Science and wellness courses explore functional human anatomy and the study of the scientific basis of human movement as they relate to dance training. Courses include somatic studies of diverse movement disciplines with programs for Pilates and yoga for dancers.
Production courses explore the theoretical and practical applications of computer, video, audio, and technical theater skills necessary to produce, promote, and direct a dance concert. Students develop skills in a fully equipped audiovisual computer laboratory with attached dance studio and two professional theaters. In the "Video for Dance" course, students explore communication through dance as a video art with emphasis on video shooting and editing techniques, environmental controls, and improvisational dance movement structures used in the creation of video dance projects.
Sound and movement courses focus on analysis of the relationships of music and dance in content, form, and structure. Study includes analysis of rhythmic structure relative to movement, sight-reading note values, movement dictation, and composition.
BFA/EdM in dance EDUCATION
This joint-degree track is an exceptional opportunity to earn an undergraduate degree in dance in a conservatory setting and a master’s degree in education in five years at a cost savings.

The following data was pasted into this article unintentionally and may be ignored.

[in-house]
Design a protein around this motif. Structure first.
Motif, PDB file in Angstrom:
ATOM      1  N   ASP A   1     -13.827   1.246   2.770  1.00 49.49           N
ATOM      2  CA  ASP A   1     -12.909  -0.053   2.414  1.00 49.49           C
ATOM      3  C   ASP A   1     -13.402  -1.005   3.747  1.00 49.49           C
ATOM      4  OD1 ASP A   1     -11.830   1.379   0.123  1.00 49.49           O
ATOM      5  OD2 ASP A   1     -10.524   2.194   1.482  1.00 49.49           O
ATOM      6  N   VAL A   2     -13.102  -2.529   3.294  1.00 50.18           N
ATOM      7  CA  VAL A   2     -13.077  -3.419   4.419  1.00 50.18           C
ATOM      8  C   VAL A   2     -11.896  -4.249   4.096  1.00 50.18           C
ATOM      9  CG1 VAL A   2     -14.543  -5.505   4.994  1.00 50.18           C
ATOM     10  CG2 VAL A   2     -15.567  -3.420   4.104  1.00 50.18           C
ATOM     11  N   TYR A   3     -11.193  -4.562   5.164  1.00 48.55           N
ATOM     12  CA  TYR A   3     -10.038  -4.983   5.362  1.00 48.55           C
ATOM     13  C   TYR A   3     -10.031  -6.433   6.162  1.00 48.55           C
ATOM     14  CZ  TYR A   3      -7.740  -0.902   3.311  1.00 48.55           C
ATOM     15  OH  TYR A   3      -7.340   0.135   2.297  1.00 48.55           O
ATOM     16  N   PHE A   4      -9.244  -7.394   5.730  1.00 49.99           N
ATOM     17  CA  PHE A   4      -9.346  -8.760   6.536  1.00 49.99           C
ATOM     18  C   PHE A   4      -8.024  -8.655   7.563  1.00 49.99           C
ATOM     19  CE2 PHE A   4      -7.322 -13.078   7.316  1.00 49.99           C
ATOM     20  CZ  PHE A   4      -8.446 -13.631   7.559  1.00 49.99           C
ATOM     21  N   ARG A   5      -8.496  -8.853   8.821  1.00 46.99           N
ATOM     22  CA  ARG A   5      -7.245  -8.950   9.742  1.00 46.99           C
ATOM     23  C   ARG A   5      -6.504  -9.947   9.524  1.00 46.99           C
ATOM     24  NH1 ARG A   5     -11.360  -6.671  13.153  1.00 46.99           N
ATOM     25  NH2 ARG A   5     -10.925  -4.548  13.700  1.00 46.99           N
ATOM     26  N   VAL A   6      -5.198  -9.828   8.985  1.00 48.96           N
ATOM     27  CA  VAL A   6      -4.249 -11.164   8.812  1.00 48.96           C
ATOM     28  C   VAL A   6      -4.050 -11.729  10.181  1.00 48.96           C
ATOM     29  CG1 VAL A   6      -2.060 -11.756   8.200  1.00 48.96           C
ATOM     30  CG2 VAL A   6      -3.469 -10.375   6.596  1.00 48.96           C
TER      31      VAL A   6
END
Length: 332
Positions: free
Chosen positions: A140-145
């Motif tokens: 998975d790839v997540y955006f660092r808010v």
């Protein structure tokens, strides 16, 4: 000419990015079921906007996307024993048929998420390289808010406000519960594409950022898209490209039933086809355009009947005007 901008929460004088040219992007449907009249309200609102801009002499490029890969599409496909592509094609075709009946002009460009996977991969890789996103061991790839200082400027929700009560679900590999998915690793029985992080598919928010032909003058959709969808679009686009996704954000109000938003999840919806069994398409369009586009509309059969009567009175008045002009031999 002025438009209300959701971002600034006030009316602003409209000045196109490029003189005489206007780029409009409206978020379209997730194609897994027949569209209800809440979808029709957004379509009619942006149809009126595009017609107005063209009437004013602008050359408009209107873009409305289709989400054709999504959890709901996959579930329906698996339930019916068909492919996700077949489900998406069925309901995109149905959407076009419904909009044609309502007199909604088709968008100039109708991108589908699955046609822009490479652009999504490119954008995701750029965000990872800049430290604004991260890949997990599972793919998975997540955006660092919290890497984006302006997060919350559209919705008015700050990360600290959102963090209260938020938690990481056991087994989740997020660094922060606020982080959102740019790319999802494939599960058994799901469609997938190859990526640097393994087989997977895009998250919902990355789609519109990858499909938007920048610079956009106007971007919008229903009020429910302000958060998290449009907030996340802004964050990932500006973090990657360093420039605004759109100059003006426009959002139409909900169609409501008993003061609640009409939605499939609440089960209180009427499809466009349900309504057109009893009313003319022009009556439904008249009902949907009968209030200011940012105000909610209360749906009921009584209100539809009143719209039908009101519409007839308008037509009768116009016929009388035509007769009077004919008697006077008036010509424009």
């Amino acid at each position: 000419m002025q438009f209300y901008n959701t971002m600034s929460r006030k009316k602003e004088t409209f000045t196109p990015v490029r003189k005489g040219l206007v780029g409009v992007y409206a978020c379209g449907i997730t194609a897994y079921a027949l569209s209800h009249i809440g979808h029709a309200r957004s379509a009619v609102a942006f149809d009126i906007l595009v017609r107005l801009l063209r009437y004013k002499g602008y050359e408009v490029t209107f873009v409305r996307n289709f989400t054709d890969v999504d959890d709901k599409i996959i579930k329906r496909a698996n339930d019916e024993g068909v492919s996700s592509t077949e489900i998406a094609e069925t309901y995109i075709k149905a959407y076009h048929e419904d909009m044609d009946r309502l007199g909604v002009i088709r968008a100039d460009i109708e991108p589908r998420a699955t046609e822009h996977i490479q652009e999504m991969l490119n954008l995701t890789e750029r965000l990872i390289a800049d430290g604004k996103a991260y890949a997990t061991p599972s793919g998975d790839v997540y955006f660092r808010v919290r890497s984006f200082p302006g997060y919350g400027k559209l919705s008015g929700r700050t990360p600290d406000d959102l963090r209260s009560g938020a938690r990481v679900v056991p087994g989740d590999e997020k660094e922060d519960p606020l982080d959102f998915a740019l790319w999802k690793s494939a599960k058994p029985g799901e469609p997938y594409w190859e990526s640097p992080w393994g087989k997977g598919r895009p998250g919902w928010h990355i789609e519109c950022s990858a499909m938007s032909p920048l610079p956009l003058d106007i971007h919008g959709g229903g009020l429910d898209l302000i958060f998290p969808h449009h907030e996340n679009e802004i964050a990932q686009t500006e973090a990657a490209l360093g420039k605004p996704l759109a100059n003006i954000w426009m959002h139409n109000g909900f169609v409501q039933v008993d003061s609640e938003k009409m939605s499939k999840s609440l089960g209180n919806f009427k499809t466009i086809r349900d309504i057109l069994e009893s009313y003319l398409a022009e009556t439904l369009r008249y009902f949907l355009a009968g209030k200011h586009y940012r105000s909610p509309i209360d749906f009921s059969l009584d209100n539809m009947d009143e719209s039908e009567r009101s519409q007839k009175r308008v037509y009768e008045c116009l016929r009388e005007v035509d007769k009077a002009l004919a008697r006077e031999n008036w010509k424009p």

Students on the five-year BFA/EdM track overlap degree requirements at two different schools: Mason Gross School of the Arts and Rutgers Graduate School of Education. The BFA degree is conferred by Mason Gross School of the Arts at the end of the senior year. The EdM degree is conferred by the Graduate School of Education after an additional year of graduate studies. The five-year teacher education program in dance education leads to a bachelor’s degree, a master’s degree, and initial teacher certification.
The diverse interests of the Mason Gross and Graduate School of Education faculty ensure expert direction in four core areas of study: technique and performance, creative process and choreography, theoretical dance study, and dance education. Students on this track have many career options, including:
- Certified dance educators in PK–12 schools
- Educational leadership in community arts settings
- PK-12 dance teacher preparation on the university level
- Doctoral study